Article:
When shopping for clothes, hotels, gifts, or any other service, if the company’s website is unappealing or hard to navigate, we usually shy away from making a purchase. In today’s digital age, having a stand-out website is essential. It can make or break a business. And the same goes for your department.
Yes, it is crucial to have outstanding facilities and innovative programming, but you also need a website that reflects the same high-standards. This is precisely why the University of Michigan Department of Recreational Sports underwent a website overhaul. “We wanted people to have a consistent experience with our brand, in that, when they come to the website they are seeing our images come to life with the look and feel of our other marketing materials,” said Mike Widen, the director of recreational sports at the University of Michigan. “We knew that we wanted the website to do the heavy lifting of conveying our brand and supporting all the other marketing efforts.”
The website was designed through a partnership between the Recreational Sports Marketing Team and the Student Life Auxiliary Marketing Team. As Widen explained, when re-designing the website, it was important to include those who are well-versed in website design as well as those who understand the mission of campus recreation. The project was a true team effort.
The department realized a website redesign was necessary after conducing analysis about the old side. “We did some intentional analysis of our old site to find out what was working and what wasn’t — from both a user perspective and internally,” explained Widen. “We conducted extensive interviews of internal and external audiences to develop the personas necessary to create a truly customer-centric website that could create a high-level of engagement and drive revenues. From there, we started building a framework to create what we wanted to site to be. We also spent a lot of time making sure that the web design team really understood our goals so that their work complimented how the recreational user experienced the site.”
Widen shares some of his key takeaways from the process.
Your website should be well organized and easy to navigate. “Better organization was a goal of the design. We wanted to create easy access to the information that is consistently accessed by our users. An example of this is our facility hours. We knew through our previous tracking data that facility hours was one of the most-accessed pieces of information. Therefore, we wanted to make that very easy to find on the site.”
Your website should convey the values of your department. “We were intentional about selecting activities, images and video where all people can see themselves in our facilities and programs. We wanted to convey our value of inclusion where everyone is welcome and invited to experience all Recreational Sports has to offer. Our website needed to show that no matter your ability level, your age, your level of fitness, or your expertise, all are welcome at Recreational Sports.”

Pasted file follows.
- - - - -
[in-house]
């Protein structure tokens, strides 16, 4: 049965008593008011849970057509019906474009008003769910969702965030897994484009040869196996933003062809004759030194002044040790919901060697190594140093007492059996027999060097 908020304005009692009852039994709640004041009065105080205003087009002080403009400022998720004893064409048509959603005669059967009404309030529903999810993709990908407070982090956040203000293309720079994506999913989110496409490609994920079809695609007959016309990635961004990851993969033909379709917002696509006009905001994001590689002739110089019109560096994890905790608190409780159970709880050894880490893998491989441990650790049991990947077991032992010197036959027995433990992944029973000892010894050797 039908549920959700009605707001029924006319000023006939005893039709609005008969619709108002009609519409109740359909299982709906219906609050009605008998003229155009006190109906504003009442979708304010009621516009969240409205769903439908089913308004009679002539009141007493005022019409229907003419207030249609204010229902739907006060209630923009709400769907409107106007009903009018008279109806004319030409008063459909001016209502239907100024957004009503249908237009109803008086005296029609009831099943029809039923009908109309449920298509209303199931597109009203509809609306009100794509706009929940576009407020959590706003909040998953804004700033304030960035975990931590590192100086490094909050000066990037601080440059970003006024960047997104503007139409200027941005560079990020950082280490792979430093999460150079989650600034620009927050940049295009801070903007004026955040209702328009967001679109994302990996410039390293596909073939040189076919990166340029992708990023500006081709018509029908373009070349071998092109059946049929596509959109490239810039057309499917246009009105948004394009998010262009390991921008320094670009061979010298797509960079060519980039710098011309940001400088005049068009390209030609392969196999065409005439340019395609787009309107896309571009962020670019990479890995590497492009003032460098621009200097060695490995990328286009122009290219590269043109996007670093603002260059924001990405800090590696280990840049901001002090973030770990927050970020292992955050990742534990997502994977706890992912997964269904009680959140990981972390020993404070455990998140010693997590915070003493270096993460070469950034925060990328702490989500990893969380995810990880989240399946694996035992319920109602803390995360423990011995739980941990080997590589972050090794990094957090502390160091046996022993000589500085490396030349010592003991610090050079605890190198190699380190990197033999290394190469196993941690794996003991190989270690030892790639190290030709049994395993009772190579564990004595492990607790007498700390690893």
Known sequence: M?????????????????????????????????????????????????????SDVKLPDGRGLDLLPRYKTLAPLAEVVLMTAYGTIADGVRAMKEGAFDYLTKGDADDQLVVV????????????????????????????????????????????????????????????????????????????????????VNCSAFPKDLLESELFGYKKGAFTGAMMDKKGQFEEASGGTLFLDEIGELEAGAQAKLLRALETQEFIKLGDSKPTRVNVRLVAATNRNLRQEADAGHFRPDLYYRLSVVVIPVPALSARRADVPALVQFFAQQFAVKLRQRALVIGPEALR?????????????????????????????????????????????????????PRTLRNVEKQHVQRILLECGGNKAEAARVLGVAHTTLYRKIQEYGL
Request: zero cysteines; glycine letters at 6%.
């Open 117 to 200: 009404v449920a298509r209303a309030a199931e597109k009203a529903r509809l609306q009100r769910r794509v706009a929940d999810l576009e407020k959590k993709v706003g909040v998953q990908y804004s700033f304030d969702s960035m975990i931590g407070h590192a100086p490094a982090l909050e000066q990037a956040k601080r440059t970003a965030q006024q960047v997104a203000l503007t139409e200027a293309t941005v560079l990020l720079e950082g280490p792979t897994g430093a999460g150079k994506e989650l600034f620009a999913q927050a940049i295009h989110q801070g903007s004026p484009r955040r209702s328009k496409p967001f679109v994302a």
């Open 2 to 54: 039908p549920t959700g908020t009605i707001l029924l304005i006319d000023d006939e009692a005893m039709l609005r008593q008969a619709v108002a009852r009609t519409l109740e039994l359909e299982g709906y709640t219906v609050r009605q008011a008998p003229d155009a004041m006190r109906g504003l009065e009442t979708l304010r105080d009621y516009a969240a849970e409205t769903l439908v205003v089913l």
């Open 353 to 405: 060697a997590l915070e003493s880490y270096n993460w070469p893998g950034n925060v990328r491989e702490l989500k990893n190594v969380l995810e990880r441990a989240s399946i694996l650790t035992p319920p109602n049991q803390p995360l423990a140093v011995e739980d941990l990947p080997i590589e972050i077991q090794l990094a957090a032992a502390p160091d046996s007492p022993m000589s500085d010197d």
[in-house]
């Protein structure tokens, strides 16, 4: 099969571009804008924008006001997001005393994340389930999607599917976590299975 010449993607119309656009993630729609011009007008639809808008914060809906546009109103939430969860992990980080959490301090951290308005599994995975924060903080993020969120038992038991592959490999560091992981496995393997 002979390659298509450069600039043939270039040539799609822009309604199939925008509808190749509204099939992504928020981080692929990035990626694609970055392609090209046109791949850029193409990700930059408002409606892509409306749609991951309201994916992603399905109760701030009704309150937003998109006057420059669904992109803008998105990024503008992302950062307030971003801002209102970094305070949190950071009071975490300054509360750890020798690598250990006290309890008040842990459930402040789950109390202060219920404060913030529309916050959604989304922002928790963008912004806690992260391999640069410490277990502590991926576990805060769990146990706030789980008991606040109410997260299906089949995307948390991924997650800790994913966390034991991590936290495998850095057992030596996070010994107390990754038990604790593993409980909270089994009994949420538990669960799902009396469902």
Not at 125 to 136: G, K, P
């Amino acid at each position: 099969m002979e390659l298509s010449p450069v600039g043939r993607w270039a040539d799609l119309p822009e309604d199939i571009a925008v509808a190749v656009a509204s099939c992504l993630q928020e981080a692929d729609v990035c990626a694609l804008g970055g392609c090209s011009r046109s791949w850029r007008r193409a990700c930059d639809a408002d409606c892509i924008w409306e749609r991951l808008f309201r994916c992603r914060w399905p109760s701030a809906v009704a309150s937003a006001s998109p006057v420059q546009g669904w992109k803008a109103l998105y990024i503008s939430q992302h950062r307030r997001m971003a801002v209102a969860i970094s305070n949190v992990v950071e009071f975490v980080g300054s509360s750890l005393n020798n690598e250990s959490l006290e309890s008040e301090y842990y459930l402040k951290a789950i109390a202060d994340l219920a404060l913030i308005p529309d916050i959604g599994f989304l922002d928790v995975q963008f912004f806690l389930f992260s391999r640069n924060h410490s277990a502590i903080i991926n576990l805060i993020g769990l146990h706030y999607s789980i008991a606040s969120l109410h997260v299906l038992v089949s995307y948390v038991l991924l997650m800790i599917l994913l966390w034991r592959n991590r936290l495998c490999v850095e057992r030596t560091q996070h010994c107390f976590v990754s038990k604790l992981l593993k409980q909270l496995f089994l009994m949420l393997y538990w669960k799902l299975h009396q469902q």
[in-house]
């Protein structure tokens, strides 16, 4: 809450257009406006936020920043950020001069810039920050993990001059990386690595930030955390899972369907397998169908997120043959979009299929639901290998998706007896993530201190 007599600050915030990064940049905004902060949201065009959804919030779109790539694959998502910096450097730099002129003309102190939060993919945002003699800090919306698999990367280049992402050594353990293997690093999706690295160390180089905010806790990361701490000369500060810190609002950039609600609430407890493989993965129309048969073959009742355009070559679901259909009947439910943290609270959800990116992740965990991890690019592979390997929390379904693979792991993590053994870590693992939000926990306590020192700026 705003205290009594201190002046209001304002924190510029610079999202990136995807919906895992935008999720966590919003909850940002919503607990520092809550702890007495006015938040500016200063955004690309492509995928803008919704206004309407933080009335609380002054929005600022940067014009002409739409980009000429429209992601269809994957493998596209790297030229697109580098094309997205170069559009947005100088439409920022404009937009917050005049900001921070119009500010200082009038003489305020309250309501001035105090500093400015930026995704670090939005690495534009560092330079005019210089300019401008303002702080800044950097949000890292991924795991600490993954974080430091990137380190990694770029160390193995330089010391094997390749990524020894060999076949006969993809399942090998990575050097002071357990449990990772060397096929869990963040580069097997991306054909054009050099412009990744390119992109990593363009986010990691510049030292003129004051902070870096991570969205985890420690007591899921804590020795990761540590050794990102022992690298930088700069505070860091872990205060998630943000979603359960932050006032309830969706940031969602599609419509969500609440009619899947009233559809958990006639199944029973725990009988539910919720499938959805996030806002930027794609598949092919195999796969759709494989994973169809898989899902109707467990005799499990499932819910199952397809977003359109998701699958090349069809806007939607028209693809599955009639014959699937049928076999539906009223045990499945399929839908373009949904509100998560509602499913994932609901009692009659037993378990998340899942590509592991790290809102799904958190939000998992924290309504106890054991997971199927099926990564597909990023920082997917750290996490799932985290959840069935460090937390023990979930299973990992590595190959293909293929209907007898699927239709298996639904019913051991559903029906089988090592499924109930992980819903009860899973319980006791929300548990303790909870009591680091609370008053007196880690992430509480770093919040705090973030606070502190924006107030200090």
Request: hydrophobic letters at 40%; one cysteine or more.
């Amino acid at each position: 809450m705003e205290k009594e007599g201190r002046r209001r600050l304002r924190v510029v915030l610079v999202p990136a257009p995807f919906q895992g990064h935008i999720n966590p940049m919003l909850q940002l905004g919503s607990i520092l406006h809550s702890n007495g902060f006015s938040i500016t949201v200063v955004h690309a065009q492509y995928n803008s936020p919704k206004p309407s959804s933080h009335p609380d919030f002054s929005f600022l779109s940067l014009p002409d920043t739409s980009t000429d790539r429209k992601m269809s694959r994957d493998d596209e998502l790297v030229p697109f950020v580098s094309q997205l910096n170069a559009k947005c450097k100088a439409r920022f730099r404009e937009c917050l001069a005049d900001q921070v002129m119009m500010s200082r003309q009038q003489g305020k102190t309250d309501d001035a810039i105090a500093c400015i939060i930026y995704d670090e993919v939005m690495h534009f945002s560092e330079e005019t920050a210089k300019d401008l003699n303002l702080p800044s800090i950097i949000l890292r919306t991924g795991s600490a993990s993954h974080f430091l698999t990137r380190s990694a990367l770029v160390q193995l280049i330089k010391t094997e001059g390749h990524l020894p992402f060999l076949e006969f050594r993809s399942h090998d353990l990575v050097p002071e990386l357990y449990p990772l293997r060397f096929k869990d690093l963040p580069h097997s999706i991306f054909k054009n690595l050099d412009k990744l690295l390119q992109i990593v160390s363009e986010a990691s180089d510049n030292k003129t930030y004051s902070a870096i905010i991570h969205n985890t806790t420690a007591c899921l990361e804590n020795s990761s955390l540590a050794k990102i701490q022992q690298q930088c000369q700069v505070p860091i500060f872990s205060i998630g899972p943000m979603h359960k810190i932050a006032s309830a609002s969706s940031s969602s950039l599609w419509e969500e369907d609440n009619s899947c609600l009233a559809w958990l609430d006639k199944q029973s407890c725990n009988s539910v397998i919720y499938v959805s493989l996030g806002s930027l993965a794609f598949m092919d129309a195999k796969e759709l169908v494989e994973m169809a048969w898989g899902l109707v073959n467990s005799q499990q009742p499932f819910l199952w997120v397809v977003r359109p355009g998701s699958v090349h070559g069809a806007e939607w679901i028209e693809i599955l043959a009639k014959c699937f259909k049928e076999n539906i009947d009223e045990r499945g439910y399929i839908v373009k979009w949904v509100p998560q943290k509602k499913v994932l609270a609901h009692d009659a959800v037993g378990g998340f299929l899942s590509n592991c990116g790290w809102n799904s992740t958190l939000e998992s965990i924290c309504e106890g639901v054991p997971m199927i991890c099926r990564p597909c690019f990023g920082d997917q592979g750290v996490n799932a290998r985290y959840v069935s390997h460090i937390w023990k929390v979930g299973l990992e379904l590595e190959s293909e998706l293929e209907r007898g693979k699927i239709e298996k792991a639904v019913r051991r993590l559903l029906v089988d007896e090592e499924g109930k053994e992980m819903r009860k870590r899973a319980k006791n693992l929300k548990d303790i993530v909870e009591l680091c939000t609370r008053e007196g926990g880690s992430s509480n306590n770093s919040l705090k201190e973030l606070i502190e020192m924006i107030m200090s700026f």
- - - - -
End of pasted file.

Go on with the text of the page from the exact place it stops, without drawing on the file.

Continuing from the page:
Use your website to help drive revenue. “Our success as a department is dependent upon our ability to create and grow our own revenue streams. We needed a site that made it easy for users to make purchases (memberships, group exercise passes, adventure trips, etc.) The website design was created to have the ability to connect with our Fusion membership management program to make sales, which will be coming to fruition this summer.”
Get creative. “Because our work is based on physical activity, it is important for us to show how engagement and interaction is happening in our spaces and our programs. A major component of our site is the use of videos that show what people can truly be experiencing in our programs and facility, short of being here in person. We wanted the visitors of the site to see the activity going on and think, ‘If they can do it, I can do it.’”
Keep your website up-to-date. “The website should be a destination point that is both functional and enjoyable for those who visit. It needs to have consistent information and needs to have the most updated information. Nothing is more frustrating for a user when the website doesn’t have the correct and updated information. A consistent pattern of that will deter the user from coming back to your site.”
Don’t rush the development process. “Expect the process of development to take some time. It is more important to get the site right, than to get it done quickly. Continue to collaborate through the process, not just on the front-end, with everyone involved. Determine what is truly important for the user to know and focus on that information. Sometimes recreation professionals have a desire to post anything and everything that is related to our programs and facilities. We decided to reduce the information posted to only the most critical pieces the users are looking for. In the case of building our website, we thought less can be more.”